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Can you answer this calculus question?

Let f(x)=sin(x^2)+cos x. 
 
cos (x)=1-(x^2)/2!+(x^4)/4!-(x^6)/6!+...
 
sin(x^2)=x^2-(x^6)/3!+(x^10)/5!-(x^14)/7!+...
 
Use the series for cos (x) and the series for sin(x^2) to write the first four nonzero terms of the Taylor series for f about x=0. 
 
Answer: f(x)=1+(x^2)/2+(x^4)/4!-(121x^6)/6!+...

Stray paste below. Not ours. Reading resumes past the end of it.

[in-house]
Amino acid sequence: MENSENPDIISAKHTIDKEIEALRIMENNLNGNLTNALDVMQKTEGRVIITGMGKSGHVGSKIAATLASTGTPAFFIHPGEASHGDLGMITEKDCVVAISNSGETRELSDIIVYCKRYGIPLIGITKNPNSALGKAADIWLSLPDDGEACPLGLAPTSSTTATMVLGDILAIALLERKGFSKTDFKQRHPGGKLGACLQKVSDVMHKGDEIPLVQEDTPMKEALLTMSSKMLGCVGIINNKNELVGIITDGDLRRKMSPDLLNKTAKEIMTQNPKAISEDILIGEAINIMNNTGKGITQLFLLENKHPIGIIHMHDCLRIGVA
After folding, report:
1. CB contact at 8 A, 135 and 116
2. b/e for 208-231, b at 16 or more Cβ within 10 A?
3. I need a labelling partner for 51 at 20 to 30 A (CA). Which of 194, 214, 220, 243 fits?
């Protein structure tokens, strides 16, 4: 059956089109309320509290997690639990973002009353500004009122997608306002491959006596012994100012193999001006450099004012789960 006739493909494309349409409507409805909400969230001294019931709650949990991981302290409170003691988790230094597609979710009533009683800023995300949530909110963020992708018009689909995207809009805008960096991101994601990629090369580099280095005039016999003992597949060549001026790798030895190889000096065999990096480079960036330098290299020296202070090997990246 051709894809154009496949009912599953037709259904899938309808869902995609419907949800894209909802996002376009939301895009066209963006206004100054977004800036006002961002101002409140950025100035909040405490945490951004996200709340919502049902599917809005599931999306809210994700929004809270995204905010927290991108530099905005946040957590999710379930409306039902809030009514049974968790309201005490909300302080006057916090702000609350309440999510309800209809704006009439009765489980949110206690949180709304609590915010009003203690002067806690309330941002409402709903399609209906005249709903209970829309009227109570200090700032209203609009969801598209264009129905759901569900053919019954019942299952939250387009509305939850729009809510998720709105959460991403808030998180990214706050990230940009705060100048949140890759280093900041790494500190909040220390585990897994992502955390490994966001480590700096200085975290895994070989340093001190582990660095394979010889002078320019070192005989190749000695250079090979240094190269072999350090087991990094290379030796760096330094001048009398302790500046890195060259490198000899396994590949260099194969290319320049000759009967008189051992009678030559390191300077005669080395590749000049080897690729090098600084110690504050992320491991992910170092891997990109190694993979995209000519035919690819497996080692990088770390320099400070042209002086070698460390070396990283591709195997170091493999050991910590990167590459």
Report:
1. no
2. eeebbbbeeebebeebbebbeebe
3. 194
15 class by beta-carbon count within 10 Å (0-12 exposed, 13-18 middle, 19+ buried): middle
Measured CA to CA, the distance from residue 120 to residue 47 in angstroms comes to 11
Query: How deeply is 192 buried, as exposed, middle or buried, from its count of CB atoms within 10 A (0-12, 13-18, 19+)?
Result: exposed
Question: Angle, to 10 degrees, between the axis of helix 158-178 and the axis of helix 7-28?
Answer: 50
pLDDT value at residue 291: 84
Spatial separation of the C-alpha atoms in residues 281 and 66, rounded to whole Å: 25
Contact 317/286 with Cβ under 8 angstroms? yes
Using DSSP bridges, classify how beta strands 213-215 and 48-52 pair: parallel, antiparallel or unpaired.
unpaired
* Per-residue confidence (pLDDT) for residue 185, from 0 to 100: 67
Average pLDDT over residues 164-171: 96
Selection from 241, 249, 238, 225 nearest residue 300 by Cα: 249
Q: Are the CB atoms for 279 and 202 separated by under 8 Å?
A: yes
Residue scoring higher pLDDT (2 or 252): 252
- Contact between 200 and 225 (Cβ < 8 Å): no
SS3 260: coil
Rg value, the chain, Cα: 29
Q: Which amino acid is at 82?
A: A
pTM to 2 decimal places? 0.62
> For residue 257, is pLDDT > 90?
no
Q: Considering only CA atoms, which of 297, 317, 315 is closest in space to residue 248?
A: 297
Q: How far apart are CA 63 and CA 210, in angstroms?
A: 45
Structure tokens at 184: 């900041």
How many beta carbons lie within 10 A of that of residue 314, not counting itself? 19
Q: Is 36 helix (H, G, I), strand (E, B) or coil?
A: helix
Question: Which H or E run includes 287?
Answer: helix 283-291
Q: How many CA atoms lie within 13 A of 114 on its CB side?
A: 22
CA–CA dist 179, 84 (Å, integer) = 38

Please show all your work and accurate answer. Thanks.

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Jim S. | Physics (and math) are fun, reallyPhysics (and math) are fun, really
4.7 4.7 (160 lesson ratings) (160)
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Sun,
       This is an easy oneā€¦.just add the first few terms from the series representation for sin(x2) and cos(x) and since they are both even functions you will be able to combine terms with the same exponents. 
jim

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